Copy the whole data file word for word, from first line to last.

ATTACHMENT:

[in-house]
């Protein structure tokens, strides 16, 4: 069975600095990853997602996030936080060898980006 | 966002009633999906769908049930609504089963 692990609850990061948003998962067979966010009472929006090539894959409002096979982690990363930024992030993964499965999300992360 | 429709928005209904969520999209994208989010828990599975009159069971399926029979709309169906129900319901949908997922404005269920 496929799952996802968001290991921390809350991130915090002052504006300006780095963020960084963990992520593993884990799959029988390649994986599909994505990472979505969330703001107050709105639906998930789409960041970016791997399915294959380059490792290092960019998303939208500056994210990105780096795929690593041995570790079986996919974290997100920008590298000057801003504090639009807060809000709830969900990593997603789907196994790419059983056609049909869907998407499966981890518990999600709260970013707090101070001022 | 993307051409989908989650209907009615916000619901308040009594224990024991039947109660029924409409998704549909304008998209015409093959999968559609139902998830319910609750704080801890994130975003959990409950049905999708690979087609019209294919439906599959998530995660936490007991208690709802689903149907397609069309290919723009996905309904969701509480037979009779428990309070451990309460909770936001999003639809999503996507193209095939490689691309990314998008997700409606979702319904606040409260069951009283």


[in-house]
């Protein structure tokens, strides 16, 4: 069975600095990853997602996030936080060898980006 | 966002009633999906769908049930609504089963 692990609850990061948003998962067979966010009472929006090539894959409002096979982690990363930024992030993964499965999300992360 | 429709928005209904969520999209994208989010828990599975009159069971399926029979709309169906129900319901949908997922404005269920 496929799952996802968001290991921390809350991130915090002052504006300006780095963020960084963990992520593993884990799959029988390649994986599909994505990472979505969330703001107050709105639906998930789409960041970016791997399915294959380059490792290092960019998303939208500056994210990105780096795929690593041995570790079986996919974290997100920008590298000057801003504090639009807060809000709830969900990593997603789907196994790419059983056609049909869907998407499966981890518990999600709260970013707090101070001022 | 993307051409989908989650209907009615916000619901308040009594224990024991039947109660029924409409998704549909304008998209015409093959999968559609139902998830319910609750704080801890994130975003959990409950049905999708690979087609019209294919439906599959998530995660936490007991208690709802689903149907397609069309290919723009996905309904969701509480037979009779428990309070451990309460909770936001999003639809999503996507193209095939490689691309990314998008997700409606979702319904606040409260069951009283």